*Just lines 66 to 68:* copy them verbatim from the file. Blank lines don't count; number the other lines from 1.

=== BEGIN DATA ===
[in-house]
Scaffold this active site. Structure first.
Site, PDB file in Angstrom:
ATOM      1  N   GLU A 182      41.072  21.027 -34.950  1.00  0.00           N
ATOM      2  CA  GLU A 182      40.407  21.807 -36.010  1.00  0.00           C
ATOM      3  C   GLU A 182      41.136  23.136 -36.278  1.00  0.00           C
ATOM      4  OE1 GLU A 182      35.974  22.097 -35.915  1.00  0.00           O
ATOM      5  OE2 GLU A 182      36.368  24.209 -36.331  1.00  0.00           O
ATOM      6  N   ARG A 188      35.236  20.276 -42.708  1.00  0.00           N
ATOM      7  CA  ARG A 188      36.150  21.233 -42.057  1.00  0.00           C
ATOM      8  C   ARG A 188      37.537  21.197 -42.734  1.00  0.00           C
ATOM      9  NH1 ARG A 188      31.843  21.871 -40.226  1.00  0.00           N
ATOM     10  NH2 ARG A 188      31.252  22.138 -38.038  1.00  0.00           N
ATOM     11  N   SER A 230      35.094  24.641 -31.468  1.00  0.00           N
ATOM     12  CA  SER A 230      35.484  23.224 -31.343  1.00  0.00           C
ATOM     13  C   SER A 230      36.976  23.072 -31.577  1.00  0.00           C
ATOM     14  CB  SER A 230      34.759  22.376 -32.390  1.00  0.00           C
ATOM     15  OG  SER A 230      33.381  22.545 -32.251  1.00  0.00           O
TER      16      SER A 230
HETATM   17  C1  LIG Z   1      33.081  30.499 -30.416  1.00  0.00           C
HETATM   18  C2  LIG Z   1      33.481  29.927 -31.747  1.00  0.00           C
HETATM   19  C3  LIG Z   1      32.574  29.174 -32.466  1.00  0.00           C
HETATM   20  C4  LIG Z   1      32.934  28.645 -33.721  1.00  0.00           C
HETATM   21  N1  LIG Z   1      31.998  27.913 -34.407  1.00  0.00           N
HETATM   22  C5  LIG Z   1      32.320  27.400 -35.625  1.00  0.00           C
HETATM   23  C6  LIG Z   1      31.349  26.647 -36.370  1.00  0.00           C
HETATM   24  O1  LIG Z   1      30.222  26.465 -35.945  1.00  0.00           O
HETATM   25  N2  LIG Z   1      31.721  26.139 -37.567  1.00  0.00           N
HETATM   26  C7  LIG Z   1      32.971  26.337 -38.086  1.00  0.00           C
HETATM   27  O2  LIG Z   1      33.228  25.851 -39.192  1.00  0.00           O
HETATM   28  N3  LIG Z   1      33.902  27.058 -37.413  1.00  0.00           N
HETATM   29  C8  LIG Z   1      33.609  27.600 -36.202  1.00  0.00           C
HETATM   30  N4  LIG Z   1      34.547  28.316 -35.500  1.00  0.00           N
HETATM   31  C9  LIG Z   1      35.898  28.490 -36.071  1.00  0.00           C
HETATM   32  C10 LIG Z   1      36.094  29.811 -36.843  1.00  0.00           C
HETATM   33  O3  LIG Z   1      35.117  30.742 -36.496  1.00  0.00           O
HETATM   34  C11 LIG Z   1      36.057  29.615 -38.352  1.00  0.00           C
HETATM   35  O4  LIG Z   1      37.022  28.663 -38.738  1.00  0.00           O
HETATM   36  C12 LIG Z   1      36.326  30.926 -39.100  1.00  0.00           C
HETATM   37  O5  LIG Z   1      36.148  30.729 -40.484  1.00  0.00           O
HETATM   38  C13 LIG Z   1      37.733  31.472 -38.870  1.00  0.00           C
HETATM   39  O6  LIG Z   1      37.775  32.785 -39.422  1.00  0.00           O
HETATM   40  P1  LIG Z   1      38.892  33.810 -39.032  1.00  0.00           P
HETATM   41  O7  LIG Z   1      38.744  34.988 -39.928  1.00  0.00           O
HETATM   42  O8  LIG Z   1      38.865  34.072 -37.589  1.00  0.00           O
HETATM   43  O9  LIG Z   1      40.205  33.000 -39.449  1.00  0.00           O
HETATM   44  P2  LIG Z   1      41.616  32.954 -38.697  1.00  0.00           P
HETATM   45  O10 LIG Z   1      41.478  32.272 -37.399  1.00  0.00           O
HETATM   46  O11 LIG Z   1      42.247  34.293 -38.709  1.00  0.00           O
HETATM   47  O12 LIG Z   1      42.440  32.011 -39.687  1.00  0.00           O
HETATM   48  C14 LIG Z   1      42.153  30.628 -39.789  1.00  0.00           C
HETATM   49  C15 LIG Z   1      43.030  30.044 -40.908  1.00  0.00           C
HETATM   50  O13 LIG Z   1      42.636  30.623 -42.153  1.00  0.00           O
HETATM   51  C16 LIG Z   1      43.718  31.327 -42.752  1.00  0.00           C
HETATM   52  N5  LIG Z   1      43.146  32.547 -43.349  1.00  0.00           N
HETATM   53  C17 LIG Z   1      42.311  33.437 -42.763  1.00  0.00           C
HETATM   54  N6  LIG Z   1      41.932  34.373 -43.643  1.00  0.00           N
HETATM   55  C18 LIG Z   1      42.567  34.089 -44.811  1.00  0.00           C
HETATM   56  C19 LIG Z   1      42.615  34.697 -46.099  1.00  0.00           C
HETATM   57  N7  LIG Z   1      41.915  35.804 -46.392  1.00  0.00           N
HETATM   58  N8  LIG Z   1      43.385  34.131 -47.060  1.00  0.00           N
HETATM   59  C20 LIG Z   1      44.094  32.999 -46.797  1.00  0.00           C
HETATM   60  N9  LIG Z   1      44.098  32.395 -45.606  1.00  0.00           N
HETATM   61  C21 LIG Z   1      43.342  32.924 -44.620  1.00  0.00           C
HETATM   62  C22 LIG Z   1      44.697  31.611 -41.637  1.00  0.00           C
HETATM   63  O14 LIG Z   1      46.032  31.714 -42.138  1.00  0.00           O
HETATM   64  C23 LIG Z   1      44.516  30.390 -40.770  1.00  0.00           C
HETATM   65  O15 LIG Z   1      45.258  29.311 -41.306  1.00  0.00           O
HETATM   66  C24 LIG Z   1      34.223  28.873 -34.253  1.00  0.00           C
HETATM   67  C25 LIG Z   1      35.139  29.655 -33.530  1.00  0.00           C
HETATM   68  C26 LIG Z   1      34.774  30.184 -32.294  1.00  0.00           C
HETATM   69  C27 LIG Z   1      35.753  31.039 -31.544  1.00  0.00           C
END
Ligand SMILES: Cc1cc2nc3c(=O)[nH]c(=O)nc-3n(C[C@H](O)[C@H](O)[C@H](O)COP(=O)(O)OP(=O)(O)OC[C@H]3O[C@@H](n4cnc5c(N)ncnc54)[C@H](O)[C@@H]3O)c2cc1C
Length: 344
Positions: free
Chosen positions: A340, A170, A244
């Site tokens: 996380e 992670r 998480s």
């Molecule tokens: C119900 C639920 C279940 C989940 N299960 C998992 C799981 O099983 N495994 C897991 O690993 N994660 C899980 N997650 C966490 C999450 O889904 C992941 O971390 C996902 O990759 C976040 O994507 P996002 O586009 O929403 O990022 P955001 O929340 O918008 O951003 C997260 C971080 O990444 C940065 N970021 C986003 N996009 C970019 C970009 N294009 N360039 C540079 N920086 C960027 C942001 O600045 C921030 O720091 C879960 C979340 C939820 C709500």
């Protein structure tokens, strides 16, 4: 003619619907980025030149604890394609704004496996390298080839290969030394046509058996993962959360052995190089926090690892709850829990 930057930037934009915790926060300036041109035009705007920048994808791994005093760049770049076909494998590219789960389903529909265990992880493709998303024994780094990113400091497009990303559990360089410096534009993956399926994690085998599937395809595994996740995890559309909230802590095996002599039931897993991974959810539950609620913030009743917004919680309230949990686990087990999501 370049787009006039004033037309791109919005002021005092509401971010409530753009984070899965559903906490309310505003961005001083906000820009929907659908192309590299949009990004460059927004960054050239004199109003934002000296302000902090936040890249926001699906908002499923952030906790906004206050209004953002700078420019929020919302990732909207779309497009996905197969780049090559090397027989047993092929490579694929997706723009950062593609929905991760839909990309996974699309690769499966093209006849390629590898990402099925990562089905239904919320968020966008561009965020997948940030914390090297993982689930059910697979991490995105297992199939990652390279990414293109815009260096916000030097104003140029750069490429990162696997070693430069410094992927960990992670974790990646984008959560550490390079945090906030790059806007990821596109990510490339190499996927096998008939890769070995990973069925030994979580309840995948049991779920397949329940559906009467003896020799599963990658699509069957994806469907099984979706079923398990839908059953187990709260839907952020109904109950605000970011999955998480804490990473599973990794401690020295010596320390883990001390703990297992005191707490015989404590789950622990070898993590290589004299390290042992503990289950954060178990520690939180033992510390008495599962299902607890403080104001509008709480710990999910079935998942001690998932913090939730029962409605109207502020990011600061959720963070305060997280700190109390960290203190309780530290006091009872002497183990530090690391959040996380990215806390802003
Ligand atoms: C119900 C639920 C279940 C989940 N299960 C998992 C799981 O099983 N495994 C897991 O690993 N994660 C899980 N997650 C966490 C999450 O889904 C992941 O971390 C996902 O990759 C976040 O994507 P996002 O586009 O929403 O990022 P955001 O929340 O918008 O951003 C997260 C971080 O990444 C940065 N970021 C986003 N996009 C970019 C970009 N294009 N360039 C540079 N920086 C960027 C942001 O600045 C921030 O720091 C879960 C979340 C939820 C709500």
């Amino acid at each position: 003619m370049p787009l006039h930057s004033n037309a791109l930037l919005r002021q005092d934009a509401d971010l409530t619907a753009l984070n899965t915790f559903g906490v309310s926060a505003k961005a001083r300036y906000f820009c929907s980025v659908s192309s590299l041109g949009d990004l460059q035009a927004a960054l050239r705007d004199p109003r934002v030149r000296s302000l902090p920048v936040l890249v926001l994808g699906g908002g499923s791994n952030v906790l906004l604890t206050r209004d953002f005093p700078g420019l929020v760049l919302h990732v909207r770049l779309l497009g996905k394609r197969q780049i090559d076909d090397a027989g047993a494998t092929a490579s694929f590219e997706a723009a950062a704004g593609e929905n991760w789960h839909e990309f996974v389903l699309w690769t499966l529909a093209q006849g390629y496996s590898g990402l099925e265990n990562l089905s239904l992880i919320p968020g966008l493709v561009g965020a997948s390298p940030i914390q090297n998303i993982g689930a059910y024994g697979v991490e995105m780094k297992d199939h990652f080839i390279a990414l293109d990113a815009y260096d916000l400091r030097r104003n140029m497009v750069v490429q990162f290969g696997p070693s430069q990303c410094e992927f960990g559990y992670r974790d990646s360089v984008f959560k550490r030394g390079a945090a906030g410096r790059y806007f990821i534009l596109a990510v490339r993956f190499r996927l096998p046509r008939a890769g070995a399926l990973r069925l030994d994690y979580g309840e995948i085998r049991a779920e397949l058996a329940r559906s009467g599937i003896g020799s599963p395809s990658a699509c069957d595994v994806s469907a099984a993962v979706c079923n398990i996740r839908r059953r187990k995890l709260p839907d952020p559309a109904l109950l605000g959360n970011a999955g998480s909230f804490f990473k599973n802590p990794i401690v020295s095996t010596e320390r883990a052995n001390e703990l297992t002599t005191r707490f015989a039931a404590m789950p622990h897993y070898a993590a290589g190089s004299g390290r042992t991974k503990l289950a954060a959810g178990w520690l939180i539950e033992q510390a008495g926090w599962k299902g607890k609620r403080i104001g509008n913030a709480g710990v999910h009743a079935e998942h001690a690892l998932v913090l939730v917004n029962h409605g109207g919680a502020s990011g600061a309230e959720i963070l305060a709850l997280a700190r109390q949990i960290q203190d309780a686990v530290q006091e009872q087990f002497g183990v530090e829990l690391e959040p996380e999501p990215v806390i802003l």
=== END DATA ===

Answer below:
HETATM   63  O14 LIG Z   1      46.032  31.714 -42.138  1.00  0.00           O
HETATM   64  C23 LIG Z   1      44.516  30.390 -40.770  1.00  0.00           C
HETATM   65  O15 LIG Z   1      45.258  29.311 -41.306  1.00  0.00           O